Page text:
One of my favorite places to go in California is Joshua Tree National Park, which is probably why I’ve been there multiple times. It’s such a relaxing break out of the city, and the park is so unlike any other park in the country with its unique Joshua trees. However, it’s a bit of a drive – over eight hours to be exact – so you’ll want to know where you can take a break on your San Francisco to Joshua Tree road trip.
I’ve gone on dozens and dozens of road trips at this point and only continue to go on more each year, so I get smarter about where I stop. While I do like being spontaneous, I also like having a general list to choose from so I know when I’m about to go through a big city and can get food, or when I’m passing through a smaller one and can get out to explore. That’s exactly what you’ll find on this list – a mix of bigger areas as well as more remote towns, if that’s your kind of thing, when driving from San Francisco to Joshua Tree.
With that, let’s get into planning your San Francisco to Joshua Tree drive! You can stop at all of these places if you really want to extend your trip, or just pick a few that make sense for where in the drive you want to stop.
Tips for a San Francisco to Joshua Tree Road Trip
Road trips can be daunting, but I believe that they are definitely worth the worry, even if you need a bit of extra help to get you started. I’ve gathered a few helpful tips and tricks to help you along the way and answer any questions you might have.
How Long Is the Road Trip From San Francisco to Joshua Tree?
The most direct route from San Francisco to Joshua Tree is around 500 miles via the I-5 S and CA-58 E highways. In regular traffic, you can expect that trip to take you about 8 hours one way.
I find the Lake Tahoe Route toward Sacramento a more scenic route, though. At about 822 miles, it’s much longer and will be just over 14 hours long in normal traffic conditions. This route is great for the extra views of lush forests, epic mountain ranges, and the gorgeous blue lake.
I’d still recommend carving out at least 3-4 days for your trip on the Lake Tahoe Route. That way, you can stop at some spectacular towns and enjoy breathtaking locations between San Francisco and Joshua Tree.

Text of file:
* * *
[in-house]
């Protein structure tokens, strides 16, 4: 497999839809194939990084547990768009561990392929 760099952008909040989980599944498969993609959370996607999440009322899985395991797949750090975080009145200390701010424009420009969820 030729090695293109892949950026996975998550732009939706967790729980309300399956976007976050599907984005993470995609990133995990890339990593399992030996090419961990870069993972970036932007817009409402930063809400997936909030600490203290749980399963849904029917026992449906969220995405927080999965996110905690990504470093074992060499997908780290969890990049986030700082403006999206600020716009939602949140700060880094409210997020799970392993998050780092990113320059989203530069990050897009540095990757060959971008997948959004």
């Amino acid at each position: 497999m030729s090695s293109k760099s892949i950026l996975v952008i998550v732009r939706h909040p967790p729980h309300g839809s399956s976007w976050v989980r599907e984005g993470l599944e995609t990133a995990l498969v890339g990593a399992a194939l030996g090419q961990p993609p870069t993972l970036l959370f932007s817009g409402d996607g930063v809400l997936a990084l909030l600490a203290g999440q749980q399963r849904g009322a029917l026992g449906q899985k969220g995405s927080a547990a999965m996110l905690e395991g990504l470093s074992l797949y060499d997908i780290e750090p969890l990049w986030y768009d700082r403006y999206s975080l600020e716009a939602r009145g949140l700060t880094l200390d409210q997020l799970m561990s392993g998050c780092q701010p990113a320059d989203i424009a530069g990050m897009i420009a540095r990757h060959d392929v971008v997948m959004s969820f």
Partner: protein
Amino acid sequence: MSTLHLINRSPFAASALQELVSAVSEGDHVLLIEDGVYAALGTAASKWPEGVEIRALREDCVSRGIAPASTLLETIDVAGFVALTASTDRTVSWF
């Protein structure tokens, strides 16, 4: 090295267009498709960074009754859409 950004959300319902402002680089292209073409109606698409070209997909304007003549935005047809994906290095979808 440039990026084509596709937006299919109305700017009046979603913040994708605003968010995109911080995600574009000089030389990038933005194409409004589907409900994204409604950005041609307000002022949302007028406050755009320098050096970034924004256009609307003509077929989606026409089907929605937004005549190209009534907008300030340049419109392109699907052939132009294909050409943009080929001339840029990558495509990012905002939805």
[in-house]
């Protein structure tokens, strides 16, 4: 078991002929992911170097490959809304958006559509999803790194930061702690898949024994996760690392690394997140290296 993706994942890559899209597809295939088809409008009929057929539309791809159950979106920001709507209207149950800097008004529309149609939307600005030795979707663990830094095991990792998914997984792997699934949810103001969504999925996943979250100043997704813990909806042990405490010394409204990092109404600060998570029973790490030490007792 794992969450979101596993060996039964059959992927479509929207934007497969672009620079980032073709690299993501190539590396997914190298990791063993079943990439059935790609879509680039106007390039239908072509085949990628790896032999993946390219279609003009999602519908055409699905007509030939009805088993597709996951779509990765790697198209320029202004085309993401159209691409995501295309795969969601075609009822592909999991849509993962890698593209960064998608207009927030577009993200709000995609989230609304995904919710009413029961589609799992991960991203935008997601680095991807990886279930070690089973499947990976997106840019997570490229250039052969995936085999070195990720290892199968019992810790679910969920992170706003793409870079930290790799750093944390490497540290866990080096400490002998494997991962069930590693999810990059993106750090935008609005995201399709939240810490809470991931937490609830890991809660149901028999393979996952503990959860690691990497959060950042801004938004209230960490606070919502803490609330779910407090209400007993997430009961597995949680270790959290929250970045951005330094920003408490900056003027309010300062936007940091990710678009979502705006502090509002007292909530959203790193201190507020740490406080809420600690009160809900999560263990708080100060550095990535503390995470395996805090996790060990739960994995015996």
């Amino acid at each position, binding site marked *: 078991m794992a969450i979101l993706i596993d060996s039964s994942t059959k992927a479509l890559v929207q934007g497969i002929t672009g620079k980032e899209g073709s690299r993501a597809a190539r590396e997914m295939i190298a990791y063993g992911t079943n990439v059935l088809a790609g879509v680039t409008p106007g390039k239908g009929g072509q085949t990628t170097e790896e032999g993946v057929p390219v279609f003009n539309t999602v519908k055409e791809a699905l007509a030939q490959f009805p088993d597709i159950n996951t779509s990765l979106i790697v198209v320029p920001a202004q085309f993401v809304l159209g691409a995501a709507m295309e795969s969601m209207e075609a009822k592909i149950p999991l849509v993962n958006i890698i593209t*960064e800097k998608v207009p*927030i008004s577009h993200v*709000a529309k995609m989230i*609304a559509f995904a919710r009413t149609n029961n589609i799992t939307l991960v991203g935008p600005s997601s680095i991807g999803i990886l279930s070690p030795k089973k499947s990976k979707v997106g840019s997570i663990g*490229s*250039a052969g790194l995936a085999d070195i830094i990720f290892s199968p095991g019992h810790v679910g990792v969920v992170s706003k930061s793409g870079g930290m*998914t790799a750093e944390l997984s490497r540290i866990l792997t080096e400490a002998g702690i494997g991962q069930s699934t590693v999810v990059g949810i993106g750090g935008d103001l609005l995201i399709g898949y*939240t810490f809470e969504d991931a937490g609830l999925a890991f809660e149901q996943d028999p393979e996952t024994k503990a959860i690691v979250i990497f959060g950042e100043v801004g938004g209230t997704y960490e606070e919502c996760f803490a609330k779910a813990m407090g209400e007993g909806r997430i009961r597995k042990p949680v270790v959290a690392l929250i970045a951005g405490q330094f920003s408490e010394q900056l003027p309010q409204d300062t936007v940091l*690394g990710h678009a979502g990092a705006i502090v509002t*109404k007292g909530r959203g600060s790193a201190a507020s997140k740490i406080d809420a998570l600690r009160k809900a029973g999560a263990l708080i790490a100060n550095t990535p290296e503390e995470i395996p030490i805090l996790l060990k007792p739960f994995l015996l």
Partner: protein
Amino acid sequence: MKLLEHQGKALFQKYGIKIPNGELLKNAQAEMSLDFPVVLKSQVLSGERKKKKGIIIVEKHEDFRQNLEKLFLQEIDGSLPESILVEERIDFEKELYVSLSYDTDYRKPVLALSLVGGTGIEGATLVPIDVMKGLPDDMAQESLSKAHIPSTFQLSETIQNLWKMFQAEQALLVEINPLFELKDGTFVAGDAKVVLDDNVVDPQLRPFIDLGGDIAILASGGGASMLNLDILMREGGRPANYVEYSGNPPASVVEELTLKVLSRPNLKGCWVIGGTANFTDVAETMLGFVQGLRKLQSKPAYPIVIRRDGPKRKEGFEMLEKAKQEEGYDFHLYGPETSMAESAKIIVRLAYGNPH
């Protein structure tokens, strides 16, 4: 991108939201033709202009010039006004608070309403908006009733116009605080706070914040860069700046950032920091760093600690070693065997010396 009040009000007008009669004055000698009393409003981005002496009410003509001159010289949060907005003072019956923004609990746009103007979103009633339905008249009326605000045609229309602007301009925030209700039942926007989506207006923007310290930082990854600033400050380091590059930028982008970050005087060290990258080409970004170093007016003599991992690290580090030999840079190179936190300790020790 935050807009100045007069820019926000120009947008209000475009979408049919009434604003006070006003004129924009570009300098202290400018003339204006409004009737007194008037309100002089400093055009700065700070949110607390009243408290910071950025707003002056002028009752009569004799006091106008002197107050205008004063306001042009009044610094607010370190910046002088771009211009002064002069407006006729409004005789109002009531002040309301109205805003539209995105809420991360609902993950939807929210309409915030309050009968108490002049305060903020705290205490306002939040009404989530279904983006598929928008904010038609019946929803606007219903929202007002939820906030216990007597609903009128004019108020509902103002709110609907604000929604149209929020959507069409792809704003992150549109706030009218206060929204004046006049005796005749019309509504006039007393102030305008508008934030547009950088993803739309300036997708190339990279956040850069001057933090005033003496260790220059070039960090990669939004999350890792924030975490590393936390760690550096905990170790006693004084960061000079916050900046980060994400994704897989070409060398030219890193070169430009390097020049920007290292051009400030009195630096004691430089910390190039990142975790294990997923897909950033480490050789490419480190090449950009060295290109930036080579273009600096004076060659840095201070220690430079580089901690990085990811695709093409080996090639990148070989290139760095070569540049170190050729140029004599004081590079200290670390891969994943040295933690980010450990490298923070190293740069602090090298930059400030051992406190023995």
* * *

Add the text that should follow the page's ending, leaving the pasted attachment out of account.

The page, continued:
If you’re looking for other drives to compare to, this San Francisco to San Diego road trip travels along the Pacific Coast Highway and has some great stops, too.
Can You Drive From San Francisco to Joshua Tree in One Day?
The simple answer is yes — you can do a Joshua Tree road trip from San Francisco in a single day – but it’s a bad idea, to be honest. Depending on your route and stops, the trip can take 14+ hours, so it’s a good idea to have another driver with you to take turns behind the wheel. You’ll also barely get to enjoy the park before you have to turn around.
When’s the Best Time To Do a San Francisco to Joshua Tree Road Trip?
One thing you should know about visiting Joshua Tree is that the summer months (June, July, and August) can get incredibly hot — I’m talking upwards of 95°F. To get the most out of the different stops along the way, the optimal time is before or after the height of summer.
Generally speaking, this means going on your road trip in late spring (April or May) or early fall (September or October). During this time, the weather is nice and mild but warm enough to enjoy the outdoors. As a bonus, you’ll get to view those gorgeous orange and red fall hues in the foliage on your trip.
If you want fewer crowds, the chance to take advantage of the snowy scenery, and lower prices on attractions, the winter months (December through February) are best. Luckily, most national parks on the route, including Joshua Tree National Park, are open year-round, so you can still explore, albeit in chilly weather.
What To Pack for a San Francisco to Joshua Tree Road Trip
It’s important to look at a good family road trip checklist before packing for your journey. Here are a few packing essentials that I’d recommend: